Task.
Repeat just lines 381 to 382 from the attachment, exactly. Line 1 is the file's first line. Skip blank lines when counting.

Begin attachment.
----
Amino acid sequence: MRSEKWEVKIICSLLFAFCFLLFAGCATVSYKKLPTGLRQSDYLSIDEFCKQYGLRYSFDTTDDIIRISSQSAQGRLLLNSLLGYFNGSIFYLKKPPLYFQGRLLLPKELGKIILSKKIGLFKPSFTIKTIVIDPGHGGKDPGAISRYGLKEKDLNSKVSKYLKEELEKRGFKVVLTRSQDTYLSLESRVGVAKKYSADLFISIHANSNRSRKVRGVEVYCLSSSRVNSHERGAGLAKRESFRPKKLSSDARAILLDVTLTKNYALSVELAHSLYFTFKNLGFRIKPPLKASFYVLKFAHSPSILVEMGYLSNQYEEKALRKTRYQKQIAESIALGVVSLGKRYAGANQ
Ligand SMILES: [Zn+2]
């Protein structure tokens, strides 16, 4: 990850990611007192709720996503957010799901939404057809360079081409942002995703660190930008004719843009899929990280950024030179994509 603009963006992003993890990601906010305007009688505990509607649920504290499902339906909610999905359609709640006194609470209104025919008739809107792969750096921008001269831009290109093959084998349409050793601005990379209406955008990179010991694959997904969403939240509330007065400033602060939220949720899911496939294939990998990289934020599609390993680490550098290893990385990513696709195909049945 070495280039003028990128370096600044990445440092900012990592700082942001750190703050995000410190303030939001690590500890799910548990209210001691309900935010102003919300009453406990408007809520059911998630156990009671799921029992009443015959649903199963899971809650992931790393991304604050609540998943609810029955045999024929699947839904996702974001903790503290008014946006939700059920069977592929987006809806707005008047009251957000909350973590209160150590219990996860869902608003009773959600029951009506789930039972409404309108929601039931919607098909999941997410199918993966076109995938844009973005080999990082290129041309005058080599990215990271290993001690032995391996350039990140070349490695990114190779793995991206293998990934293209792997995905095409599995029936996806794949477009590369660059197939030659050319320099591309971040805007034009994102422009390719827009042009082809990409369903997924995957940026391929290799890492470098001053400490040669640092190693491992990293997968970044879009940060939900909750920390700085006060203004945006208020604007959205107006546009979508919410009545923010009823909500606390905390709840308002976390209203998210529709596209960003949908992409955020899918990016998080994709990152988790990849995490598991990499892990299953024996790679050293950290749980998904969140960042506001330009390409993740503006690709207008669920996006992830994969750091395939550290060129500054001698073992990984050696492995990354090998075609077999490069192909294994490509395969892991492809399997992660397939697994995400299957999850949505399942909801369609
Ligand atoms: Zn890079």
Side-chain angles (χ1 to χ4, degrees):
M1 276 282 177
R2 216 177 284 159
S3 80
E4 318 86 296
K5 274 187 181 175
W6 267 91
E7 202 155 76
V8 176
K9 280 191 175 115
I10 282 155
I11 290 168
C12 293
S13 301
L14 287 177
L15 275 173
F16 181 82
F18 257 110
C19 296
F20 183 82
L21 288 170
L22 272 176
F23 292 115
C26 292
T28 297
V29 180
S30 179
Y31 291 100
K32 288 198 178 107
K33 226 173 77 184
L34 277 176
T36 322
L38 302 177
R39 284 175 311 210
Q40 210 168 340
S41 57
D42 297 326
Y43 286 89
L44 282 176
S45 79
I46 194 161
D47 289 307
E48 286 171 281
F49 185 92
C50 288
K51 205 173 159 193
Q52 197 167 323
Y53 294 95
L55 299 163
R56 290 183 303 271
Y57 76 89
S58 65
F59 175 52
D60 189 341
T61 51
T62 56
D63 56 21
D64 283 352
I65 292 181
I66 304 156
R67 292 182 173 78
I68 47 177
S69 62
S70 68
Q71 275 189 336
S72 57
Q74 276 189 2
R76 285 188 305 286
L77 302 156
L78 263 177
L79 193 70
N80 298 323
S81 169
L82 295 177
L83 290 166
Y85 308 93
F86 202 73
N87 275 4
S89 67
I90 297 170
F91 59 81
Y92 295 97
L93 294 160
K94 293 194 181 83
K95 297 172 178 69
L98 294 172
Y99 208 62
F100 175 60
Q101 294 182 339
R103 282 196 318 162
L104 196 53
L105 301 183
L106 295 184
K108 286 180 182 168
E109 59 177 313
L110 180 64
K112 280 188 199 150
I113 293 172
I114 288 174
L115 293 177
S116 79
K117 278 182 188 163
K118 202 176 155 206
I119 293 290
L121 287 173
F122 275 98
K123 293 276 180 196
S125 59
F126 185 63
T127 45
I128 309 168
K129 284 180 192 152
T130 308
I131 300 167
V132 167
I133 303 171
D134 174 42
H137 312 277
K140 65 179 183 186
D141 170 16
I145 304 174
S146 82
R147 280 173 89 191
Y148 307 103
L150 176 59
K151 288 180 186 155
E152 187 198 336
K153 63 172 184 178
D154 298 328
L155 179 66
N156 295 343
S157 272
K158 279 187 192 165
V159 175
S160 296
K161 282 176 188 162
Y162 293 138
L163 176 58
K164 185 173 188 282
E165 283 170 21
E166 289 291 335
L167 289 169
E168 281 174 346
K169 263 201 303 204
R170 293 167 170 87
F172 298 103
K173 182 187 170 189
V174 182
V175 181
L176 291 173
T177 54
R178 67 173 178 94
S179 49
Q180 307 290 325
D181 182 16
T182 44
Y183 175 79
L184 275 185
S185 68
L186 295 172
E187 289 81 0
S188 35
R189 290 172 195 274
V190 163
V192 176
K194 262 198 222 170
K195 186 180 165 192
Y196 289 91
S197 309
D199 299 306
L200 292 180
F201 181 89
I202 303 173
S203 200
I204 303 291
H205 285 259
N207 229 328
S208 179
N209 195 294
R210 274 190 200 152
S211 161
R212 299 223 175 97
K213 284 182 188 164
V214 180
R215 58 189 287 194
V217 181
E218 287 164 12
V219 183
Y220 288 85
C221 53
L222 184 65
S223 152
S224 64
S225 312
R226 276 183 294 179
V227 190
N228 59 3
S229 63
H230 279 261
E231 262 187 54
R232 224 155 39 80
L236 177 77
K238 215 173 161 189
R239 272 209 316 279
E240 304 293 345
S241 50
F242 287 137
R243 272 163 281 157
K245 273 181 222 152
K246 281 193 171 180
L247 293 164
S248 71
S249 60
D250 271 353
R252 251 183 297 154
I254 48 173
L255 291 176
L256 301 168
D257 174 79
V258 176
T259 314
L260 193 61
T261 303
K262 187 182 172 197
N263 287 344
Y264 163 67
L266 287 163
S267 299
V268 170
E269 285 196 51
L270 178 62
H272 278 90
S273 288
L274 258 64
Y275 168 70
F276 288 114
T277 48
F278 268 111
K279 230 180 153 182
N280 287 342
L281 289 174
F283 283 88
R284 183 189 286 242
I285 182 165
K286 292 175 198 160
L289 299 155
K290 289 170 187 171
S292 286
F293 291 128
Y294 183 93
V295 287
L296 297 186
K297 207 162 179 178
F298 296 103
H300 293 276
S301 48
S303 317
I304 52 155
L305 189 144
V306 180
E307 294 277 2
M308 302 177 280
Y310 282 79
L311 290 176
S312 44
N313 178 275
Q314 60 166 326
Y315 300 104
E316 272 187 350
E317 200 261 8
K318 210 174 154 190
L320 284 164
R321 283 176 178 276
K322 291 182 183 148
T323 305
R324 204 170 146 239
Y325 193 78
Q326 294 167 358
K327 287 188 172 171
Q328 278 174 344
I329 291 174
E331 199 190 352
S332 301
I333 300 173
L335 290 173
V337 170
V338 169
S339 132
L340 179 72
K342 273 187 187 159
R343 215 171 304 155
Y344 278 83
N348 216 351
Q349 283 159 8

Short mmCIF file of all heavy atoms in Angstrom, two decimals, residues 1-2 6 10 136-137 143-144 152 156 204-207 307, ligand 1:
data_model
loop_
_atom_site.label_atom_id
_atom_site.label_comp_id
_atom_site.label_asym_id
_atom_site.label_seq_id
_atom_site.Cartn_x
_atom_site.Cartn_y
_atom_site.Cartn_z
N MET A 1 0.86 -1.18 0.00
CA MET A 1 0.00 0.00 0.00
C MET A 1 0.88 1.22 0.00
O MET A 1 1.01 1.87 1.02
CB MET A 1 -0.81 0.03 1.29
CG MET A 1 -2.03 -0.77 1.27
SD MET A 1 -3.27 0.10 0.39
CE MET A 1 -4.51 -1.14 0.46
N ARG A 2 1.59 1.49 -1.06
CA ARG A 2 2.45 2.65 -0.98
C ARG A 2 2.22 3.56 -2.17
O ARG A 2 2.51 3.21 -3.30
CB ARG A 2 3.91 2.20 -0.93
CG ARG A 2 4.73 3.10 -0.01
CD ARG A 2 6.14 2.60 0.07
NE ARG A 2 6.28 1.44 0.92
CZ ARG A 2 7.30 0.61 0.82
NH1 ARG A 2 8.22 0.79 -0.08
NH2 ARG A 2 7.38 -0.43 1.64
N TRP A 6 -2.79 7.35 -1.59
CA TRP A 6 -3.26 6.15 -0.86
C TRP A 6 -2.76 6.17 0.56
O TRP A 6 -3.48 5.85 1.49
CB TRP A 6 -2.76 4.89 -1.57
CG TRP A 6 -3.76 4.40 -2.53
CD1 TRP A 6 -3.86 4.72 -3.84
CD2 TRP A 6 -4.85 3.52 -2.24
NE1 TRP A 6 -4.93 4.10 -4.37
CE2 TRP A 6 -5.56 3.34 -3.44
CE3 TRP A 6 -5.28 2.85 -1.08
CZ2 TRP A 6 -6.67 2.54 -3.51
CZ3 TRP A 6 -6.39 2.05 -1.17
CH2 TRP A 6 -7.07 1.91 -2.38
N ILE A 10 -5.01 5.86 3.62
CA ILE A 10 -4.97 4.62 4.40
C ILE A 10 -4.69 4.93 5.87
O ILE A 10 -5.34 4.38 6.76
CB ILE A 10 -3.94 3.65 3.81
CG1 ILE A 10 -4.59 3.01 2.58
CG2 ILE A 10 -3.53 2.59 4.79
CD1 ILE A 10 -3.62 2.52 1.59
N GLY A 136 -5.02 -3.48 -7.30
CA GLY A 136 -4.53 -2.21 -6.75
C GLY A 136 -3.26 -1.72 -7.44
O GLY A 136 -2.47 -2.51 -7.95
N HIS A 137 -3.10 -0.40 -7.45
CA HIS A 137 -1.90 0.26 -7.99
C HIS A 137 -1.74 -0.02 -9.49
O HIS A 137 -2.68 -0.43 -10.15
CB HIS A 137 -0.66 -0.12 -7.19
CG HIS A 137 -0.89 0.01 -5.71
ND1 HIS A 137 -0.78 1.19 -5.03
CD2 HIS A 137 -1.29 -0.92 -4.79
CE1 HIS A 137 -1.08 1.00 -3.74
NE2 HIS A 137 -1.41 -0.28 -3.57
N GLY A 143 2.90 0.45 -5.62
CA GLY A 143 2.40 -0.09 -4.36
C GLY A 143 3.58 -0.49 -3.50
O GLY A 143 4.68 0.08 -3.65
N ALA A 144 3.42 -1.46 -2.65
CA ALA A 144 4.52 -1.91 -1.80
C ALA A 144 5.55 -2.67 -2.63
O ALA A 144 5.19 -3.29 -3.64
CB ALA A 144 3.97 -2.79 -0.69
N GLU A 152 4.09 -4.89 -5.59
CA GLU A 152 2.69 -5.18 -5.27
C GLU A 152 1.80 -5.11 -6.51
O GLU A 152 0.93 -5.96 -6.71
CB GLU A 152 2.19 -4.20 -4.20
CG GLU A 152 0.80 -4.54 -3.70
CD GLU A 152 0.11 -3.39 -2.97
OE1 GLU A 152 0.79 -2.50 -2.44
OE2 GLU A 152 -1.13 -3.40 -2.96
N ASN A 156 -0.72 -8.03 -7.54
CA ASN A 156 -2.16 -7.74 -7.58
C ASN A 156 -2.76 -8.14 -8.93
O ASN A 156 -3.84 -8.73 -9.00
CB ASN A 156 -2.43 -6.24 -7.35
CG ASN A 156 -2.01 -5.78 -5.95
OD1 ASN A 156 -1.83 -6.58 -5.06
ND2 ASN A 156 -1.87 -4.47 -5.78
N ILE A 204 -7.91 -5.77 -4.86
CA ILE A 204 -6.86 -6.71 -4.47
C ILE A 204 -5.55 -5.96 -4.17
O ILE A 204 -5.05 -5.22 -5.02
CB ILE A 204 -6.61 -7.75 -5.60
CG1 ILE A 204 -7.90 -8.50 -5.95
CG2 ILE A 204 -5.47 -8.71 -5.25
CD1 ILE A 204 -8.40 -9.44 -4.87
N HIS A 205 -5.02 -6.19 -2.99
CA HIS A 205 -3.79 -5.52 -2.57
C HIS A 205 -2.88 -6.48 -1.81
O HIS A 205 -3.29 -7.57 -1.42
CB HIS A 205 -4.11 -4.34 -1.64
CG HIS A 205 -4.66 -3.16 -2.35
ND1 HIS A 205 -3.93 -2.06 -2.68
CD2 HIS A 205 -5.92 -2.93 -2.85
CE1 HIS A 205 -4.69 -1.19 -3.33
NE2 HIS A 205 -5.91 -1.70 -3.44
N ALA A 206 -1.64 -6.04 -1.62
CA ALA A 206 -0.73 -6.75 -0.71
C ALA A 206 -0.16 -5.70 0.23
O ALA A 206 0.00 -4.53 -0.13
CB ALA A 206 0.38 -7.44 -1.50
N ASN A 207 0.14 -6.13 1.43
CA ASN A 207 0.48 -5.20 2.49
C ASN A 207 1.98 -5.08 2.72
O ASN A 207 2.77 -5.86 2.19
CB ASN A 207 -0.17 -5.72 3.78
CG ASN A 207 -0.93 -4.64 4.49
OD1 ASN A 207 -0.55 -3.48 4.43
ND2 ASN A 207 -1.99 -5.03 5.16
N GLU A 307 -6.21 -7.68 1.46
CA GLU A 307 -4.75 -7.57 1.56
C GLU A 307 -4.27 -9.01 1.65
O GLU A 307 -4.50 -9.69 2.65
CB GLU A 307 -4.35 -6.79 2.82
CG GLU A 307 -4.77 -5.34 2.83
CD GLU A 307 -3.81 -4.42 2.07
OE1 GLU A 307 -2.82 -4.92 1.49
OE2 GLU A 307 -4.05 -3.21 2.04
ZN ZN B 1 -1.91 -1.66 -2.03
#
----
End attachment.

OE2 GLU A 152 -1.13 -3.40 -2.96
N ASN A 156 -0.72 -8.03 -7.54